Consumers set property values to request specific object behavior. For example, consumers use properties to specify the interfaces to be exposed by a rowset. Consumers get the property values to determine the capabilities of an object, such as a rowset, a session, or a data source object.
Each property has a value, type, description, and read/write attribute, and for rowset properties, an indicator of whether it can be applied on a column-by-column basis.
A property is identified by a GUID and an integer representing the property ID. A property set is a set of all properties that share the same GUID. In addition to the predefined OLE DB property sets, the SQL Server Native Client OLE DB provider implements provider-specific property sets and properties in them. Each property belongs to one or more property groups. A property group is the group of all properties that apply to a particular object. Some property groups include the initialization property group, data source property group, session property group, rowset property group, table property group, and column property group. There are properties in each of these property groups.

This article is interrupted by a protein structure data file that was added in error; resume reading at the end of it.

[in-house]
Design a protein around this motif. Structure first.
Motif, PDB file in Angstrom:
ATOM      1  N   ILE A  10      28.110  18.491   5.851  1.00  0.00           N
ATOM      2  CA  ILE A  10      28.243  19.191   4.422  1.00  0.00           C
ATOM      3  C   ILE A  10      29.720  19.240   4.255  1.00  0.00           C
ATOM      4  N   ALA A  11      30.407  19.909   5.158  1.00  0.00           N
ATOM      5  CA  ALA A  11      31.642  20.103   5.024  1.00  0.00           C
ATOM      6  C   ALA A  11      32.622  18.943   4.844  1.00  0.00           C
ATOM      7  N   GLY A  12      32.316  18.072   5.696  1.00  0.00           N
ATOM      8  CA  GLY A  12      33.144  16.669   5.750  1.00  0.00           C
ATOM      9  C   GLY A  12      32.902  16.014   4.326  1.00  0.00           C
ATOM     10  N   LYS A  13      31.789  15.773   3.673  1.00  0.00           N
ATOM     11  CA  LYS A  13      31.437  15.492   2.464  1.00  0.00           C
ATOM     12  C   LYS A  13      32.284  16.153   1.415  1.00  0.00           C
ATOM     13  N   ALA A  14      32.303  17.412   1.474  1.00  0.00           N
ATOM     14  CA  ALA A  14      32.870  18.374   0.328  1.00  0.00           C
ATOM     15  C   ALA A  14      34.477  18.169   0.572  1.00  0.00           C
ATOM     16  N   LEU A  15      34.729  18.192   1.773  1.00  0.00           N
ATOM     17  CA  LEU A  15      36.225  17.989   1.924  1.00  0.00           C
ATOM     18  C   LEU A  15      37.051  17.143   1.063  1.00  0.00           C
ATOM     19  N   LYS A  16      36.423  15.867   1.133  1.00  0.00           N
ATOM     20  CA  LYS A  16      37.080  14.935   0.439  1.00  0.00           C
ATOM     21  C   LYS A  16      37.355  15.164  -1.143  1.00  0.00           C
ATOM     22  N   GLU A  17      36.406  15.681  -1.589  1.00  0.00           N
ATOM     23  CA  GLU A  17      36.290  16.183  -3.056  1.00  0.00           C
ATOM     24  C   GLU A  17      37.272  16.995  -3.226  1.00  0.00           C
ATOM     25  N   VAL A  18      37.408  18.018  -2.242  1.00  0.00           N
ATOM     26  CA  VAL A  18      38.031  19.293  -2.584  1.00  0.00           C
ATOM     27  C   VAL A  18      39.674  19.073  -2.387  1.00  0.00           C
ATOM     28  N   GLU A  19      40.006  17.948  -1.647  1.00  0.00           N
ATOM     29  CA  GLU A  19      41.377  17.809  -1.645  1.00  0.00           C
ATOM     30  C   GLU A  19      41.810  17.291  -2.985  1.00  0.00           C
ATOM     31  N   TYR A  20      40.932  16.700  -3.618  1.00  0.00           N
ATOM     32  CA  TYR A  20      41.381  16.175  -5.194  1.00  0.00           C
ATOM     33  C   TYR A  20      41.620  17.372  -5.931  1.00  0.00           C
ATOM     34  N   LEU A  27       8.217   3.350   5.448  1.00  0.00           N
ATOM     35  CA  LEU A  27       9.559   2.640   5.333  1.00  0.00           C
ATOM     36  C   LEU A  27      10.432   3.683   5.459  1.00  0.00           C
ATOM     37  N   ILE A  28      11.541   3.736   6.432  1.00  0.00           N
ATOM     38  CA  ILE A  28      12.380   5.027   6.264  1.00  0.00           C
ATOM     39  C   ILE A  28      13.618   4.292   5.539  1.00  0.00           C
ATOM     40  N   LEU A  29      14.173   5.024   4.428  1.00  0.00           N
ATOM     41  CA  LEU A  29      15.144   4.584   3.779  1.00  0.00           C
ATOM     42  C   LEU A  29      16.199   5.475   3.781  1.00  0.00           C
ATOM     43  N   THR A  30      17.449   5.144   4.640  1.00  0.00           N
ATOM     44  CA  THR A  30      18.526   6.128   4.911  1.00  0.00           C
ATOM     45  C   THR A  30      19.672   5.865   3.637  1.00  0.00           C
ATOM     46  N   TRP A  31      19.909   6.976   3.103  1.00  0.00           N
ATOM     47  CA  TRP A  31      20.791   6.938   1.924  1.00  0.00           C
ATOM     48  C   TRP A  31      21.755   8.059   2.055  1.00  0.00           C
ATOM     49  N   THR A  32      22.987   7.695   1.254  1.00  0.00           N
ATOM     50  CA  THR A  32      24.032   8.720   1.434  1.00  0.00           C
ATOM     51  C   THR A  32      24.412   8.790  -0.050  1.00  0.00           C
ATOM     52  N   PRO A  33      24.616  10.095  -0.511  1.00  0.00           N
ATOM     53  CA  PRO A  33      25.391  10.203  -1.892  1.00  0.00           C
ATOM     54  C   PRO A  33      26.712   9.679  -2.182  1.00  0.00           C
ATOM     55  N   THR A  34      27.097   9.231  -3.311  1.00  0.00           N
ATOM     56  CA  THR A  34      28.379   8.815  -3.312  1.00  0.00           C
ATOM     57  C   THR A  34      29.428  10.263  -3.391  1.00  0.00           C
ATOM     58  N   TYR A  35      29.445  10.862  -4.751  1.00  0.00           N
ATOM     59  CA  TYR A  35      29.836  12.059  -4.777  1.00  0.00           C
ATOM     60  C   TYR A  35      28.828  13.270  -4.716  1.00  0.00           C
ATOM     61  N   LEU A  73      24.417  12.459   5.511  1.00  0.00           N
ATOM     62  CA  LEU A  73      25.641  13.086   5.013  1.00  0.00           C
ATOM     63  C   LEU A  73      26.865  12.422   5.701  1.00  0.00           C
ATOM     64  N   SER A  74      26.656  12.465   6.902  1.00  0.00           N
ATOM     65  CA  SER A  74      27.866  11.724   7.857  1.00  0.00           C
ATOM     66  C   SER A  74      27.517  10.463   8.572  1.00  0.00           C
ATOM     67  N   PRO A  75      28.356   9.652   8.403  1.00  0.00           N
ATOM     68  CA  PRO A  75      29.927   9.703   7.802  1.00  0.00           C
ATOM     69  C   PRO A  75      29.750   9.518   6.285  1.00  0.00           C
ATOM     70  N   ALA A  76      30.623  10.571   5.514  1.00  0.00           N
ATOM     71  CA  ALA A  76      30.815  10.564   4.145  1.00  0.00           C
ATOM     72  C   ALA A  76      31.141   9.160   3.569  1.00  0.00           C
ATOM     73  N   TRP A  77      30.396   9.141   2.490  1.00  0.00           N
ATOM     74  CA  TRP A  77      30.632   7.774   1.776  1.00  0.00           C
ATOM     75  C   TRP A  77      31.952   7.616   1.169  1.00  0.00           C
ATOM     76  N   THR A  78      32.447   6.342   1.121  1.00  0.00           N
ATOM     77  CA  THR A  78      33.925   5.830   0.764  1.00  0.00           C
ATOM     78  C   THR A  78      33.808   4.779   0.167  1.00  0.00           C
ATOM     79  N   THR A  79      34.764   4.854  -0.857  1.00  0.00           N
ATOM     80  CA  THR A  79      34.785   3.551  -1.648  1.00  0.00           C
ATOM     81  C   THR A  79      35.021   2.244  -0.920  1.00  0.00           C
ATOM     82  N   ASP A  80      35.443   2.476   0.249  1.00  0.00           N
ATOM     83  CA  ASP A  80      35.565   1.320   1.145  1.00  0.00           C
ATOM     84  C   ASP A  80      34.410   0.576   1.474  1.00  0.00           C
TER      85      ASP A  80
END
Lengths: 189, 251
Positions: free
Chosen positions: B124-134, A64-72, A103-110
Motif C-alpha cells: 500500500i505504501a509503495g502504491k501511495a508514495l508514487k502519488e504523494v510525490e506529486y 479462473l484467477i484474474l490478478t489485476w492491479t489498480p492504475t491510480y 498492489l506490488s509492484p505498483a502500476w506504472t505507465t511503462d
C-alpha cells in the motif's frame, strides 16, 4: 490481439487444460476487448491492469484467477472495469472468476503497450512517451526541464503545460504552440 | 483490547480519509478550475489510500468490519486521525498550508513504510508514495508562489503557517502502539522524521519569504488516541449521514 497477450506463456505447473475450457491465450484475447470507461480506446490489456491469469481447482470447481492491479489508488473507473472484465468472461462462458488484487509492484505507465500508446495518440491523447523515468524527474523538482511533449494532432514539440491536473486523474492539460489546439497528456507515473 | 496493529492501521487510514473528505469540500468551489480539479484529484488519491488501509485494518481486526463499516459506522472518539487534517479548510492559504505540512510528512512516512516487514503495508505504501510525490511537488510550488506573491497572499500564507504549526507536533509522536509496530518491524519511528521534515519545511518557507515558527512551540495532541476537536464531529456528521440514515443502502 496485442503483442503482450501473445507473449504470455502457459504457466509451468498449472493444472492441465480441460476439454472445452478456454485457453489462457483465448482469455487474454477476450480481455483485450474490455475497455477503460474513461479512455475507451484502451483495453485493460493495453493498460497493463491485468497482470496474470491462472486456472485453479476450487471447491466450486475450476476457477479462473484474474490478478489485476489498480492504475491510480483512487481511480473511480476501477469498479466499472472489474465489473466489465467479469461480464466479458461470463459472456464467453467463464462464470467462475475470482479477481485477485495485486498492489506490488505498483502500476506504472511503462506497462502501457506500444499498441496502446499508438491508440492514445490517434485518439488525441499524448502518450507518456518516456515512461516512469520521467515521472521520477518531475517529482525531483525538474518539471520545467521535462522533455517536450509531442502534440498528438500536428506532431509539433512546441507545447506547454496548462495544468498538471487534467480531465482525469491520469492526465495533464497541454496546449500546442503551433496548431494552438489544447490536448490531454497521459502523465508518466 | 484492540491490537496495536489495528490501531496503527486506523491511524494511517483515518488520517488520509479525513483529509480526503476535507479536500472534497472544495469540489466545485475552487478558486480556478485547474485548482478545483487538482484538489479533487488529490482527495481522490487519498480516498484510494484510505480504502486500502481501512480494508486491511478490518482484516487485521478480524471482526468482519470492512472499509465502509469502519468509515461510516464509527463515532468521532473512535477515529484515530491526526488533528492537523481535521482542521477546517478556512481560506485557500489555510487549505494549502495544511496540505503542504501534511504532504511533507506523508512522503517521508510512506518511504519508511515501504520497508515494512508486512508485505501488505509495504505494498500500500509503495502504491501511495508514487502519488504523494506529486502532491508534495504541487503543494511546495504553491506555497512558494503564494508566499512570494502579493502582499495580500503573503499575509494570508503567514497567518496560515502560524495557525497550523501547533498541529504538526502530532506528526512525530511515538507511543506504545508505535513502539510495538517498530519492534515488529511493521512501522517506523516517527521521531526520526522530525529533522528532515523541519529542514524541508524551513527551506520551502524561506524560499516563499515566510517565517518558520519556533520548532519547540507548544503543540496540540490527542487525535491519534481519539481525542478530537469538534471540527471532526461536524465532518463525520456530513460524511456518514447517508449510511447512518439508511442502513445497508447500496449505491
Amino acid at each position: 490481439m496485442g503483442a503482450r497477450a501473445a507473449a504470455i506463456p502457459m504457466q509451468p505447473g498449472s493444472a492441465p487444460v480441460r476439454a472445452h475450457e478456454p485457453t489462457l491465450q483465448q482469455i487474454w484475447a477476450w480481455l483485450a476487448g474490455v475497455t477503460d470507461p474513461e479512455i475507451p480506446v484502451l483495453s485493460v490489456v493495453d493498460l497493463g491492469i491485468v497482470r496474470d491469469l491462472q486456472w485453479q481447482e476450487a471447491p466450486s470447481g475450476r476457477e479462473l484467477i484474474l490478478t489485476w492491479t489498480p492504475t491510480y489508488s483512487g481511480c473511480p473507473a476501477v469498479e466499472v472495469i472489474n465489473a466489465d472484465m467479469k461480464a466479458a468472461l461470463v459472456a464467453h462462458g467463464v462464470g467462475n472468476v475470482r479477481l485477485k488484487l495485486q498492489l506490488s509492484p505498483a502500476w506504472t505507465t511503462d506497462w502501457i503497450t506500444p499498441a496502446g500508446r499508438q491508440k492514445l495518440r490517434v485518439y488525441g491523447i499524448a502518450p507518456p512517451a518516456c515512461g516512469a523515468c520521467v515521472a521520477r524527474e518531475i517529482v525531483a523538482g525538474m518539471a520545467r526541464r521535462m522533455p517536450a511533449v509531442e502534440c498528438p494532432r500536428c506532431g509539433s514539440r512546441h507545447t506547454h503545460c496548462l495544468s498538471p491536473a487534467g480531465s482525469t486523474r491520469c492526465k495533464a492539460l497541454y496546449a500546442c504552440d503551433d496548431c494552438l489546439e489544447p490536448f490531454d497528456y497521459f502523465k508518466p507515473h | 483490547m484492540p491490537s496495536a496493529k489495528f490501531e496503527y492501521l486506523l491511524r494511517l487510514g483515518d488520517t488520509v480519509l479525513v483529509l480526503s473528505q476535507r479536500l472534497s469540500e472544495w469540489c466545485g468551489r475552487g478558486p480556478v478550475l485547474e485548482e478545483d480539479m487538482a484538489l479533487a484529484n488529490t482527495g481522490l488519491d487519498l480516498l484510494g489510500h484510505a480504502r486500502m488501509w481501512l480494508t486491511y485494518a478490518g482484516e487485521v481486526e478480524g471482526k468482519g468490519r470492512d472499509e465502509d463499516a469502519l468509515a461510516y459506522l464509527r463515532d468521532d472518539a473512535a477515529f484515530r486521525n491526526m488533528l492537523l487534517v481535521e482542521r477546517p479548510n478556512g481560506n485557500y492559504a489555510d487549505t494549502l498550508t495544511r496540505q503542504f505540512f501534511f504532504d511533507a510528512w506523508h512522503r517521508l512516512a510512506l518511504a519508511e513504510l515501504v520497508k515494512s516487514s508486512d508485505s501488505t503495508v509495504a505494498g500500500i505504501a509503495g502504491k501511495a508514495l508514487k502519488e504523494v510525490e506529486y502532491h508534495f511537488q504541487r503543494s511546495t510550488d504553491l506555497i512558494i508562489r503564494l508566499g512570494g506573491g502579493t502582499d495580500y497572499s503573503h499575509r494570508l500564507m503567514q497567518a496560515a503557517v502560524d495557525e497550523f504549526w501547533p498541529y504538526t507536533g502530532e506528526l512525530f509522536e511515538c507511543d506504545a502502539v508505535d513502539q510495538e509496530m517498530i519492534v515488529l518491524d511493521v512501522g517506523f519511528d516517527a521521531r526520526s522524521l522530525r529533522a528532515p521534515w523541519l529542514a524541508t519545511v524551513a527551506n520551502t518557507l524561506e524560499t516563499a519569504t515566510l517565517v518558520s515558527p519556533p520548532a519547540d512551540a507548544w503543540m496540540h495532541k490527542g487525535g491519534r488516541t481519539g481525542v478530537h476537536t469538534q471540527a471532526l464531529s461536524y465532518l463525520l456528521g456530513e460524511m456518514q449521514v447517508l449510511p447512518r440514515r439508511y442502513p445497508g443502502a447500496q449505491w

Setting property values involves:
Determining the properties for which to set values.
Determining the property sets that contain the identified properties.
Allocating an array of DBPROPSET structures, one for each identified property set.
Allocating an array of DBPROP structures for each property set. The number of elements in each array is the number of properties (identified in Step 1) that belong to that property set.
Filling in the DBPROP structure for each property.
Filling in information (property set GUID, count of number of elements, and a pointer to the corresponding DBPROP array) in the DBPROPSET structure for each property set.
Calling a method to set properties and passing the count and the array of DBPROPSET structures.